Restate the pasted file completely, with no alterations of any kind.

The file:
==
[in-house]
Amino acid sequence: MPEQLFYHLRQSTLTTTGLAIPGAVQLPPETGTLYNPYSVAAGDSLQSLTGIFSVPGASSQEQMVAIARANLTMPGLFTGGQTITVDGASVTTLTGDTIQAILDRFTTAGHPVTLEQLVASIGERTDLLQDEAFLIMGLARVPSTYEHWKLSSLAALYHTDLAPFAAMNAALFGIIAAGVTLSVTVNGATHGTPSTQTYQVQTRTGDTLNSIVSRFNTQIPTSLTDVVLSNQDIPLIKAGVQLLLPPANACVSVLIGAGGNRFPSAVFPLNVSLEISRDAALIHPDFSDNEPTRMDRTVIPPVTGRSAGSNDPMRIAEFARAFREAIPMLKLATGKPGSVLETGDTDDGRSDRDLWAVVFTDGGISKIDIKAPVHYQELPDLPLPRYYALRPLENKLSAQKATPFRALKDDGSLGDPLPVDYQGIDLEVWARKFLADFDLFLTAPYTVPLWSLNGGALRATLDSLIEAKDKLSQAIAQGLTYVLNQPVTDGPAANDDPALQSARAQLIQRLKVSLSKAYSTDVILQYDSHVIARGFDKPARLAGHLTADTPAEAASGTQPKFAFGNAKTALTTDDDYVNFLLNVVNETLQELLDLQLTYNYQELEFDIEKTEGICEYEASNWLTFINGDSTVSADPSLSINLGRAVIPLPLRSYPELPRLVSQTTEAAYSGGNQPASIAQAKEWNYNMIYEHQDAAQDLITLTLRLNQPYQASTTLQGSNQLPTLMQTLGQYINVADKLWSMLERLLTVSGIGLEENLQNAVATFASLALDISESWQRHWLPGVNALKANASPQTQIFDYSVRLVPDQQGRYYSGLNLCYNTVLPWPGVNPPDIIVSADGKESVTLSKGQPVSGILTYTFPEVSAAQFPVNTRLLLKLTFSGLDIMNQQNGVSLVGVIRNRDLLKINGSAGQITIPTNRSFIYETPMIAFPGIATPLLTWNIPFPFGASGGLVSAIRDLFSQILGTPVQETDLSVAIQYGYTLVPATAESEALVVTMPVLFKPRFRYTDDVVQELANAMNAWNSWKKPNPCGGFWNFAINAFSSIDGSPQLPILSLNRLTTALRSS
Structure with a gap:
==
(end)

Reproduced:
[in-house]
Amino acid sequence: MPEQLFYHLRQSTLTTTGLAIPGAVQLPPETGTLYNPYSVAAGDSLQSLTGIFSVPGASSQEQMVAIARANLTMPGLFTGGQTITVDGASVTTLTGDTIQAILDRFTTAGHPVTLEQLVASIGERTDLLQDEAFLIMGLARVPSTYEHWKLSSLAALYHTDLAPFAAMNAALFGIIAAGVTLSVTVNGATHGTPSTQTYQVQTRTGDTLNSIVSRFNTQIPTSLTDVVLSNQDIPLIKAGVQLLLPPANACVSVLIGAGGNRFPSAVFPLNVSLEISRDAALIHPDFSDNEPTRMDRTVIPPVTGRSAGSNDPMRIAEFARAFREAIPMLKLATGKPGSVLETGDTDDGRSDRDLWAVVFTDGGISKIDIKAPVHYQELPDLPLPRYYALRPLENKLSAQKATPFRALKDDGSLGDPLPVDYQGIDLEVWARKFLADFDLFLTAPYTVPLWSLNGGALRATLDSLIEAKDKLSQAIAQGLTYVLNQPVTDGPAANDDPALQSARAQLIQRLKVSLSKAYSTDVILQYDSHVIARGFDKPARLAGHLTADTPAEAASGTQPKFAFGNAKTALTTDDDYVNFLLNVVNETLQELLDLQLTYNYQELEFDIEKTEGICEYEASNWLTFINGDSTVSADPSLSINLGRAVIPLPLRSYPELPRLVSQTTEAAYSGGNQPASIAQAKEWNYNMIYEHQDAAQDLITLTLRLNQPYQASTTLQGSNQLPTLMQTLGQYINVADKLWSMLERLLTVSGIGLEENLQNAVATFASLALDISESWQRHWLPGVNALKANASPQTQIFDYSVRLVPDQQGRYYSGLNLCYNTVLPWPGVNPPDIIVSADGKESVTLSKGQPVSGILTYTFPEVSAAQFPVNTRLLLKLTFSGLDIMNQQNGVSLVGVIRNRDLLKINGSAGQITIPTNRSFIYETPMIAFPGIATPLLTWNIPFPFGASGGLVSAIRDLFSQILGTPVQETDLSVAIQYGYTLVPATAESEALVVTMPVLFKPRFRYTDDVVQELANAMNAWNSWKKPNPCGGFWNFAINAFSSIDGSPQLPILSLNRLTTALRSS
Structure with a gap: